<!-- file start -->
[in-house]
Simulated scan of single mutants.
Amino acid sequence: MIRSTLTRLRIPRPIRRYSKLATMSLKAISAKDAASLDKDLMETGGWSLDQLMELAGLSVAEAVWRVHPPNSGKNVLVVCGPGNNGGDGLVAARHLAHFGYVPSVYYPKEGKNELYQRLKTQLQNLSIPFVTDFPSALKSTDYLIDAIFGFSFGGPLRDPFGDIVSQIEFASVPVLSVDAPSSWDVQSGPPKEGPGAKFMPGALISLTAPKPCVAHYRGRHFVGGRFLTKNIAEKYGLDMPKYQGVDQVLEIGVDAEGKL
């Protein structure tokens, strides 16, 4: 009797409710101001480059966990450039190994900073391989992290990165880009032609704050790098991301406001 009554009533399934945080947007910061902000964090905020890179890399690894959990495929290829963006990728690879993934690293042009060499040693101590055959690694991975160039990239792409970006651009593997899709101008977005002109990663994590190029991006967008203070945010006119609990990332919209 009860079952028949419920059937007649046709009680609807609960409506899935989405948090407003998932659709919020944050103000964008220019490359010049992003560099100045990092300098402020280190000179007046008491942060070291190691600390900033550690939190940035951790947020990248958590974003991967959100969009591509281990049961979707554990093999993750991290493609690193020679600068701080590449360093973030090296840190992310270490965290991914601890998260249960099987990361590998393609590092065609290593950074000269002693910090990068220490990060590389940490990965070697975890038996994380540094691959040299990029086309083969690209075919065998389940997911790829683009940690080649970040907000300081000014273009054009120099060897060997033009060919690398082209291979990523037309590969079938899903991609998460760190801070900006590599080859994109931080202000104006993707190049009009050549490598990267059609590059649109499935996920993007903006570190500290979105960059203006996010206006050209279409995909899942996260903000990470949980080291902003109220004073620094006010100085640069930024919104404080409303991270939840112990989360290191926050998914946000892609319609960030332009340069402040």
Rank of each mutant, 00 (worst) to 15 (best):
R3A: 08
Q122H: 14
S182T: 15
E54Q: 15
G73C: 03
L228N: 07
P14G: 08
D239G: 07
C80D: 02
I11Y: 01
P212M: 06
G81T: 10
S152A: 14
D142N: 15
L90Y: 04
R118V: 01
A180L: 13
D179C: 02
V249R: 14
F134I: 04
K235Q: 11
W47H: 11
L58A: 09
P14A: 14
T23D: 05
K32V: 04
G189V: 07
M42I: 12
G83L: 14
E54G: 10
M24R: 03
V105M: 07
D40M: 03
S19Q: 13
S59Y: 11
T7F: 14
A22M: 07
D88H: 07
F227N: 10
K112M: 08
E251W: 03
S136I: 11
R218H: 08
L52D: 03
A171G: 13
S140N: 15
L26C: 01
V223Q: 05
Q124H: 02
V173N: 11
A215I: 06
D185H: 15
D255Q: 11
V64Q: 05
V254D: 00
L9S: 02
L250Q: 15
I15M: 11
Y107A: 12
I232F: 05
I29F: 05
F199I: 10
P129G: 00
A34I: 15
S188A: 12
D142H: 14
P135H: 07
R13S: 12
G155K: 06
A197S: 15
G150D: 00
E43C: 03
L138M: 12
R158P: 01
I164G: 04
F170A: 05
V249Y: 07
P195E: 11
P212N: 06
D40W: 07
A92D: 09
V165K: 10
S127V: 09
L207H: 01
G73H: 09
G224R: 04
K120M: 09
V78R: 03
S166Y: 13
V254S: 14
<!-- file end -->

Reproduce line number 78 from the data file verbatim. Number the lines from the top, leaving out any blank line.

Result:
L138M: 12